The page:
Riewoldt feared his future was subject of Hardwick chat

·3-min read
Michael Dodge/AAP PHOTOS

Jack Riewoldt was worried his future, not Damien Hardwick's, was going to be discussed when the Richmond coach texted him.

One of the highlights of Hardwick's emotional media conference on Tuesday morning was his joking dig at Riewoldt.

"This isn't about you, for once in your life ... he'll be deeply embarrassed about that but it just sums up Jack to be fair," Hardwick said with a broad grin.

The context was Hardwick contacting him after Riewoldt had struggled in Saturday night's Dreamtime At The 'G match, which Richmond lost to Essendon by one point and proved to be the coach's last AFL match with the Tigers.

"I've been thrown under the bus there," Riewoldt, 34, said on AFL360.

"Getting to the end of your career and obviously I had one rough game on the weekend and I'm getting a bit older.

"I get a text from him, he goes 'hey mate, are you free to catch up today' and I've just gone 'oh no, I'm getting wound up here.'

"He called me and I said to him 'maybe I was half-expecting this a little bit' and then he goes 'it's not about you, mate, it's about me'."

Hardwick and Riewoldt always enjoyed a special bond and the key forward was clearly a favourite of the coach.

Riewoldt, Trent Cotchin, Dustin Martin and Dylan Grimes are the only four surviving players at Richmond from when Hardwick took over as coach in 2010.

Hardwick's 289 games coaching Riewoldt is second on the all-time AFL list, only behind the 307 for iconic Collingwood coach Jock McHale and Gordon Coventry.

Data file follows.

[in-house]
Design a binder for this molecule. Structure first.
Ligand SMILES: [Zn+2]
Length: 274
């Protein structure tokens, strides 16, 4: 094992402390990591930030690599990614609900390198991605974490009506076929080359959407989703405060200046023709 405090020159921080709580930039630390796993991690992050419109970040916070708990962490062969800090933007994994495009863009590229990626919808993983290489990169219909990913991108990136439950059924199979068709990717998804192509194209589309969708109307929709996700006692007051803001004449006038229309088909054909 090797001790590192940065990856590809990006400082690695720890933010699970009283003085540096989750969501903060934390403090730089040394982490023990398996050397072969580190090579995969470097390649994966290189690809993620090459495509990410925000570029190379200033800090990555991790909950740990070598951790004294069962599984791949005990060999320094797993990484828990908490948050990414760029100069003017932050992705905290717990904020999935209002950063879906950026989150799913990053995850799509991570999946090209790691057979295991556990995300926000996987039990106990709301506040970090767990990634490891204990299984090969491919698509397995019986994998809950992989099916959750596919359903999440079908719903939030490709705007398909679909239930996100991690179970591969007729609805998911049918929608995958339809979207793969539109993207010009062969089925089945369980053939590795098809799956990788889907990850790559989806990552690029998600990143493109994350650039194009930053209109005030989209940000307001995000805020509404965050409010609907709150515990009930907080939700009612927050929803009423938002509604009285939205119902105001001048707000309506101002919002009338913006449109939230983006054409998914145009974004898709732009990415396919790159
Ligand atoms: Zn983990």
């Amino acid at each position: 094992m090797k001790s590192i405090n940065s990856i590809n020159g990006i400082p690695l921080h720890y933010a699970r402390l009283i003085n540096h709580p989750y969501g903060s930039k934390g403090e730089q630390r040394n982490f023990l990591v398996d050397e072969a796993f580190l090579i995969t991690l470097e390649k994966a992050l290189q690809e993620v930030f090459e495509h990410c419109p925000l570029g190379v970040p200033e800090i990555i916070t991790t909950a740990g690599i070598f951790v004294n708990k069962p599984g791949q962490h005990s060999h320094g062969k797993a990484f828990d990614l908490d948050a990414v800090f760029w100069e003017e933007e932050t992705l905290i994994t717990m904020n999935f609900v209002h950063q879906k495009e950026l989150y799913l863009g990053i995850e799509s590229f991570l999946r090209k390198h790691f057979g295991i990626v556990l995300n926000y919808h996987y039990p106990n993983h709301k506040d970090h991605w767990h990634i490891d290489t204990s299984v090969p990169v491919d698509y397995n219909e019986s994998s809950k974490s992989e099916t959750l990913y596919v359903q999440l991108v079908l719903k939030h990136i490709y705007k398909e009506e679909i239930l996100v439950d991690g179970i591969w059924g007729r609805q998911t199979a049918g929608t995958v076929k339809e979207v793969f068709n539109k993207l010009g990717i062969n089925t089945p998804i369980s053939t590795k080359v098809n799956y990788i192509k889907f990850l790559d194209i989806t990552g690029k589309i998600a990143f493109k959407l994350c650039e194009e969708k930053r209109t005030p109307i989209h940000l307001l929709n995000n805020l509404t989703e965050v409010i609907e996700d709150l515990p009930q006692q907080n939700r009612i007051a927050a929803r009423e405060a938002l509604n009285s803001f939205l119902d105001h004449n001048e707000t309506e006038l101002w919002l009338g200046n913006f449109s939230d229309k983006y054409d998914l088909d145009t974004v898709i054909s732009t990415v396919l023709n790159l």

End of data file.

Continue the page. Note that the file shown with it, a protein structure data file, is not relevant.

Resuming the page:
"Obviously a big day at Tigerland," Riewoldt said.

"This man has changed the lives of not only the people inside the footy club, but changed the lives of the Richmond faithful, who have been starved of success."

Hardwick had tears in his eyes at his resignation media conference and those tears apparently flowed earlier on Tuesday morning when he confirmed the decision to the Richmond players.

"It's very emotional because there's that sadness of the person who has been tasked with the job of inspiring you, leading you, driving you to the ultimate success ... is not going to be at that football club when we walk in the door tomorrow," Riewoldt said.

"There's probably a pit in your stomach."

Riewoldt, a three-time Richmond premiership player under Hardwick, said the coach had always stuck by him.

"At some of my lowest points, when I've been performing really poorly, he's welcomed me into his house on a Tuesday/Wednesday night and said 'right, let's have three beers each and let's just figure this out. What's going on?'" he said.

A key moment came in the 2017 pre-season when Hardwick oversaw the "hero highlight hardship" program that would come to define the team.

"We developed this intangible bond that gave us strength on the field. You couldn't quantify it," Riewoldt said

"It's lasted for a long time ... we found what our secret key was to unlocking success."

Riewoldt expects Hardwick will coach again.

"It would be a loss to the game if he didn't coach again ... I would be really disappointed if one of the great coaches of modern footy is not coaching," he said.

"He still has plenty in the tank."


307 - Jock McHale and Gordon Coventry (Collingwood)

289 - Damien Hardwick and Jack Riewoldt (Richmond)

282 - Dick Reynolds and Bill Hutchison (Essendon)

278 - Hardwick and Dustin Martin

278 - Alastair Clarkson and Jarryd Roughead (Hawthorn)